Not one to give up


I'm not one to give up, but I sure have had some trying times, as a new grad in the ICU. There have been days that I feel I am getting the flow of things and am able to think ahead and even suggest treatments for my patients. Other days, I feel completely lost and have a hard time keeping up (i'm slow with everything. please tell me I'll get quicker) and it's worrisome to me, especially when there seem to be so many scrutinizing eyes.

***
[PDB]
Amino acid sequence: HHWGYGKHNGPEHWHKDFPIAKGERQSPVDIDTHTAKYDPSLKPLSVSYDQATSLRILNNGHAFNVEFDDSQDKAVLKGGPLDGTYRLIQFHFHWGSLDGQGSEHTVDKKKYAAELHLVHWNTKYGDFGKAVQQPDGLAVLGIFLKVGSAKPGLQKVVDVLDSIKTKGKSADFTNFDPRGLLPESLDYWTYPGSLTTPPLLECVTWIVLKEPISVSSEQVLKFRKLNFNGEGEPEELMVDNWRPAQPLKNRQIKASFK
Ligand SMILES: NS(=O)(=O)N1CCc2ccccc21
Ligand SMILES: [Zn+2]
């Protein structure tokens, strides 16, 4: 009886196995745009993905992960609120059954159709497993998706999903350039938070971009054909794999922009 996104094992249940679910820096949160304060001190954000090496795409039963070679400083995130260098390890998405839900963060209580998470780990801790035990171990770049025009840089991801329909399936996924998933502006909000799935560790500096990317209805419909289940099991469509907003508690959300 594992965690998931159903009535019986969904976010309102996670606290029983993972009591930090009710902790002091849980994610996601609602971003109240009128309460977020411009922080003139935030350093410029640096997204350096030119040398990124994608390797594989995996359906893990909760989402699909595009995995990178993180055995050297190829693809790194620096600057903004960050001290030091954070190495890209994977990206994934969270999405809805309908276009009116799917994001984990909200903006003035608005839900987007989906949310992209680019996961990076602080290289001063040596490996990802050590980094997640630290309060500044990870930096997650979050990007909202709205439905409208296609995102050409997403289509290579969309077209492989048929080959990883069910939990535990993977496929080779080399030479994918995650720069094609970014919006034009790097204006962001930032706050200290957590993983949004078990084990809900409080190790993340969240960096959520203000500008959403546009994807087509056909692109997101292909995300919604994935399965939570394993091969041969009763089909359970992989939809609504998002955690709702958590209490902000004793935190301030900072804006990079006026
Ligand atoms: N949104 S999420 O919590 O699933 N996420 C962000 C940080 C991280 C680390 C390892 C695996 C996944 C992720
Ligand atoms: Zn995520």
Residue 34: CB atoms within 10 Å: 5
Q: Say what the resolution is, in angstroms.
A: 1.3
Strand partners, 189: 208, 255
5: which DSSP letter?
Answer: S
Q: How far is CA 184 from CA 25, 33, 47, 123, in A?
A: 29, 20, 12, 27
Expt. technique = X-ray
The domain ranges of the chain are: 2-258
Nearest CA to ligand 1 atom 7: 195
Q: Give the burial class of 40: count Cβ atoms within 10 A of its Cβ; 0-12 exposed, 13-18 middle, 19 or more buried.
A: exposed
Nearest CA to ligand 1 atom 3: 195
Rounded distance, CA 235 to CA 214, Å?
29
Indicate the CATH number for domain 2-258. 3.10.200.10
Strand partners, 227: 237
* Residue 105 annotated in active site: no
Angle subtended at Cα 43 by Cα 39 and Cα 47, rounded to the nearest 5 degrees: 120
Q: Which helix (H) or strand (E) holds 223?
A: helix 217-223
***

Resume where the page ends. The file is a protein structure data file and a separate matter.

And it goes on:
Just a little background of my experience so far. I started orientation in November. I was hired for a night position, but I started off with a preceptor on day shift. I only just started nights last week. Anyhow, I have been bounced around between preceptors, either because they were sick or had other things going on, so that has made my experience a little bit more challenging. It has been nice to see the different nursing styles, though. Overall, I'm enjoying nights better. The teamwork and working environment is much more cohesive. Whereas, on days, there seemed to be so much more tension and turmoil among team members; a lot of gossip and unnecessary drama. It seemed that people were more concerned with what others were doing wrong rather than being a supportive network of coworkers. I felt the hostility and didn't much care for it, and there were remarks made and behaviors that were suggestive of talk behind my back, too.